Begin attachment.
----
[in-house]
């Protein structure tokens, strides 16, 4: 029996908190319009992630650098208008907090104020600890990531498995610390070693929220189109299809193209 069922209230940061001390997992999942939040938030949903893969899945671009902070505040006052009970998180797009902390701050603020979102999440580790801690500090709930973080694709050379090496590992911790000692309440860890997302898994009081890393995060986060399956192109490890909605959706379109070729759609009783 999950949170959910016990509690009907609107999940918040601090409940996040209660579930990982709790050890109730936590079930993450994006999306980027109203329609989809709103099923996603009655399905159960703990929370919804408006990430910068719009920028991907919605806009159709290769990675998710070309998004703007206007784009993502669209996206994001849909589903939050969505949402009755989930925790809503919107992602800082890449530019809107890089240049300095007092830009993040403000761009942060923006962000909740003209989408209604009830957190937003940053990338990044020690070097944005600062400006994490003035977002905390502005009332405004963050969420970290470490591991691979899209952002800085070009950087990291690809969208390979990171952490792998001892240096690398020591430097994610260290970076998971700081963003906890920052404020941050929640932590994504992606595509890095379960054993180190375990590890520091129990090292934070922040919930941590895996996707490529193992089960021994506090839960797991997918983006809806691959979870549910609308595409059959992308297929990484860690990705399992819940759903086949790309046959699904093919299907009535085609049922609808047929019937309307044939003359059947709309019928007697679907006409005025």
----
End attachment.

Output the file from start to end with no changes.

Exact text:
[in-house]
């Protein structure tokens, strides 16, 4: 029996908190319009992630650098208008907090104020600890990531498995610390070693929220189109299809193209 069922209230940061001390997992999942939040938030949903893969899945671009902070505040006052009970998180797009902390701050603020979102999440580790801690500090709930973080694709050379090496590992911790000692309440860890997302898994009081890393995060986060399956192109490890909605959706379109070729759609009783 999950949170959910016990509690009907609107999940918040601090409940996040209660579930990982709790050890109730936590079930993450994006999306980027109203329609989809709103099923996603009655399905159960703990929370919804408006990430910068719009920028991907919605806009159709290769990675998710070309998004703007206007784009993502669209996206994001849909589903939050969505949402009755989930925790809503919107992602800082890449530019809107890089240049300095007092830009993040403000761009942060923006962000909740003209989408209604009830957190937003940053990338990044020690070097944005600062400006994490003035977002905390502005009332405004963050969420970290470490591991691979899209952002800085070009950087990291690809969208390979990171952490792998001892240096690398020591430097994610260290970076998971700081963003906890920052404020941050929640932590994504992606595509890095379960054993180190375990590890520091129990090292934070922040919930941590895996996707490529193992089960021994506090839960797991997918983006809806691959979870549910609308595409059959992308297929990484860690990705399992819940759903086949790309046959699904093919299907009535085609049922609808047929019937309307044939003359059947709309019928007697679907006409005025």